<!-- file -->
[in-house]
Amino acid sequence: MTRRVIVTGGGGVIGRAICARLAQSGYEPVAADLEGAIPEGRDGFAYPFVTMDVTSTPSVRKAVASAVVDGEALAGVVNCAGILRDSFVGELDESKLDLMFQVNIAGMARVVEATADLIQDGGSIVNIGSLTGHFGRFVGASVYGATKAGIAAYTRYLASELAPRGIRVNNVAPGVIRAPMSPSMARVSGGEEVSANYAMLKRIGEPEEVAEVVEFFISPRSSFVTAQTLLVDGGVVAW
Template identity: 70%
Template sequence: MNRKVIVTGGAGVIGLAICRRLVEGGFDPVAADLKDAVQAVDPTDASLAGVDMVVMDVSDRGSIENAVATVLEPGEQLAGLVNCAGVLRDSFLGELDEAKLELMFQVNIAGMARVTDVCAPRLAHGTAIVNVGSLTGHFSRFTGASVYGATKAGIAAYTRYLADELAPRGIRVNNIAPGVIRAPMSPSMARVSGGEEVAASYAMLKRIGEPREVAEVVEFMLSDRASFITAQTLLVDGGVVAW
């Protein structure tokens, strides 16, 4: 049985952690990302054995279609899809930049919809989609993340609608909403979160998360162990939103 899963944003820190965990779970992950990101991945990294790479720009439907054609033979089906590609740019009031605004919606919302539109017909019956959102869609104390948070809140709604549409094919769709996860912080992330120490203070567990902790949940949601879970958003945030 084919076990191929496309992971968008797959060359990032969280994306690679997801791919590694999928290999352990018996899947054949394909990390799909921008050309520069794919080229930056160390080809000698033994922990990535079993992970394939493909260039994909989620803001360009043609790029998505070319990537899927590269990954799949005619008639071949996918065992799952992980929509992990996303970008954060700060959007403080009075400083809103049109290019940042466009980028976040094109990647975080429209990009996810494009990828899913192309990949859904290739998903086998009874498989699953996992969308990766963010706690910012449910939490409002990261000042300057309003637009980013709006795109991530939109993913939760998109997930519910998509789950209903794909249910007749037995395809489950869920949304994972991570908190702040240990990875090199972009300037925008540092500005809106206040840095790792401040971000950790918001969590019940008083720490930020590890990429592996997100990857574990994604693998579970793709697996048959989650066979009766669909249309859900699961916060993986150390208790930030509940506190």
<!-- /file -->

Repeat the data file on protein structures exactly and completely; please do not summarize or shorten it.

[in-house]
Amino acid sequence: MTRRVIVTGGGGVIGRAICARLAQSGYEPVAADLEGAIPEGRDGFAYPFVTMDVTSTPSVRKAVASAVVDGEALAGVVNCAGILRDSFVGELDESKLDLMFQVNIAGMARVVEATADLIQDGGSIVNIGSLTGHFGRFVGASVYGATKAGIAAYTRYLASELAPRGIRVNNVAPGVIRAPMSPSMARVSGGEEVSANYAMLKRIGEPEEVAEVVEFFISPRSSFVTAQTLLVDGGVVAW
Template identity: 70%
Template sequence: MNRKVIVTGGAGVIGLAICRRLVEGGFDPVAADLKDAVQAVDPTDASLAGVDMVVMDVSDRGSIENAVATVLEPGEQLAGLVNCAGVLRDSFLGELDEAKLELMFQVNIAGMARVTDVCAPRLAHGTAIVNVGSLTGHFSRFTGASVYGATKAGIAAYTRYLADELAPRGIRVNNIAPGVIRAPMSPSMARVSGGEEVAASYAMLKRIGEPREVAEVVEFMLSDRASFITAQTLLVDGGVVAW
């Protein structure tokens, strides 16, 4: 049985952690990302054995279609899809930049919809989609993340609608909403979160998360162990939103 899963944003820190965990779970992950990101991945990294790479720009439907054609033979089906590609740019009031605004919606919302539109017909019956959102869609104390948070809140709604549409094919769709996860912080992330120490203070567990902790949940949601879970958003945030 084919076990191929496309992971968008797959060359990032969280994306690679997801791919590694999928290999352990018996899947054949394909990390799909921008050309520069794919080229930056160390080809000698033994922990990535079993992970394939493909260039994909989620803001360009043609790029998505070319990537899927590269990954799949005619008639071949996918065992799952992980929509992990996303970008954060700060959007403080009075400083809103049109290019940042466009980028976040094109990647975080429209990009996810494009990828899913192309990949859904290739998903086998009874498989699953996992969308990766963010706690910012449910939490409002990261000042300057309003637009980013709006795109991530939109993913939760998109997930519910998509789950209903794909249910007749037995395809489950869920949304994972991570908190702040240990990875090199972009300037925008540092500005809106206040840095790792401040971000950790918001969590019940008083720490930020590890990429592996997100990857574990994604693998579970793709697996048959989650066979009766669909249309859900699961916060993986150390208790930030509940506190």